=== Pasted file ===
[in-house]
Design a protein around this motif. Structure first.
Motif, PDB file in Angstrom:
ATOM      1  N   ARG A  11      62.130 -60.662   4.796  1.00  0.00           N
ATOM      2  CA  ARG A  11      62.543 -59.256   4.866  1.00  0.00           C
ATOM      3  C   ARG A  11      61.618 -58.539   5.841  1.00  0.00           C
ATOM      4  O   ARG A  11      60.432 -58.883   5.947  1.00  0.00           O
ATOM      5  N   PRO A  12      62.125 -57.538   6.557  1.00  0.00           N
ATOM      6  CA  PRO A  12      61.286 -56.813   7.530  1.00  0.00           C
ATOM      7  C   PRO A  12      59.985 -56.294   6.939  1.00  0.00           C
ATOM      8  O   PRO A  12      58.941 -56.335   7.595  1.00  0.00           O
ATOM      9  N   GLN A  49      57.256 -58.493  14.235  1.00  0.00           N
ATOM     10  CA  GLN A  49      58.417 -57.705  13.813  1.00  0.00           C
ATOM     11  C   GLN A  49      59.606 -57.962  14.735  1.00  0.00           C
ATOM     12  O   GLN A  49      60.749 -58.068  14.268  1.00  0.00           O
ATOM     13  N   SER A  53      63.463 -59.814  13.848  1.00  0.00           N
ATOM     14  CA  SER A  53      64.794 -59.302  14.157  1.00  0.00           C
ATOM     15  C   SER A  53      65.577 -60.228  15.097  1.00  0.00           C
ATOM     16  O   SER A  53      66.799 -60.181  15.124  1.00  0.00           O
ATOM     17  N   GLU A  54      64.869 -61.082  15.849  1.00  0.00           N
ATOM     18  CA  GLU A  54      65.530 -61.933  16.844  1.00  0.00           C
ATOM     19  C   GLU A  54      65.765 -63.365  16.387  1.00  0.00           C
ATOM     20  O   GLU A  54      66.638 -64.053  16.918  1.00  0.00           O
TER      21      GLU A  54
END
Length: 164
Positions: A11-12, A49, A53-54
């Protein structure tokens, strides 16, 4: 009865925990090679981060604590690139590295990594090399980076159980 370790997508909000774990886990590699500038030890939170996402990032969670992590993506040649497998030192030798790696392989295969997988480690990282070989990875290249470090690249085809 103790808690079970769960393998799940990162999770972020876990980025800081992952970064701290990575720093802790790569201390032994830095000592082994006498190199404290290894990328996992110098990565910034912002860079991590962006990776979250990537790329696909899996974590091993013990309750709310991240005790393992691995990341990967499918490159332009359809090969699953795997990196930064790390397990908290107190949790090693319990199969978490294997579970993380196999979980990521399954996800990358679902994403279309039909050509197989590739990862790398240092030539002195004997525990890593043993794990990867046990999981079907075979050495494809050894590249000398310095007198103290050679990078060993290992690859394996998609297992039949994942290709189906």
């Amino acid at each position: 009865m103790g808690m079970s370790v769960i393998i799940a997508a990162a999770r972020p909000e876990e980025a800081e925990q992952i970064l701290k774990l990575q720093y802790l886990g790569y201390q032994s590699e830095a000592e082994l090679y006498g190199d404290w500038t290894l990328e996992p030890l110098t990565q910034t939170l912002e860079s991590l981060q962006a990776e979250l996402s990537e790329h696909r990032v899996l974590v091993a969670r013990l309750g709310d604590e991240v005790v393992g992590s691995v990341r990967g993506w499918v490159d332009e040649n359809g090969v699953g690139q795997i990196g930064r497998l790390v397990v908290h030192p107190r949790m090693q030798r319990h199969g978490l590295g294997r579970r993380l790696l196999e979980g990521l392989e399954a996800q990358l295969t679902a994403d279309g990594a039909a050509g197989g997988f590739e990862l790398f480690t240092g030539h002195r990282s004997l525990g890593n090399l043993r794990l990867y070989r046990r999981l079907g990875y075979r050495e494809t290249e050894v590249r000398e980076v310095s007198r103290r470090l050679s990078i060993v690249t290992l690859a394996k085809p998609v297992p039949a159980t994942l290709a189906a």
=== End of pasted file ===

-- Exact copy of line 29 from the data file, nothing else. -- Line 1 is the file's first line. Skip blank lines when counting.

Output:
């Amino acid at each position: 009865m103790g808690m079970s370790v769960i393998i799940a997508a990162a999770r972020p909000e876990e980025a800081e925990q992952i970064l701290k774990l990575q720093y802790l886990g790569y201390q032994s590699e830095a000592e082994l090679y006498g190199d404290w500038t290894l990328e996992p030890l110098t990565q910034t939170l912002e860079s991590l981060q962006a990776e979250l996402s990537e790329h696909r990032v899996l974590v091993a969670r013990l309750g709310d604590e991240v005790v393992g992590s691995v990341r990967g993506w499918v490159d332009e040649n359809g090969v699953g690139q795997i990196g930064r497998l790390v397990v908290h030192p107190r949790m090693q030798r319990h199969g978490l590295g294997r579970r993380l790696l196999e979980g990521l392989e399954a996800q990358l295969t679902a994403d279309g990594a039909a050509g197989g997988f590739e990862l790398f480690t240092g030539h002195r990282s004997l525990g890593n090399l043993r794990l990867y070989r046990r999981l079907g990875y075979r050495e494809t290249e050894v590249r000398e980076v310095s007198r103290r470090l050679s990078i060993v690249t290992l690859a394996k085809p998609v297992p039949a159980t994942l290709a189906a």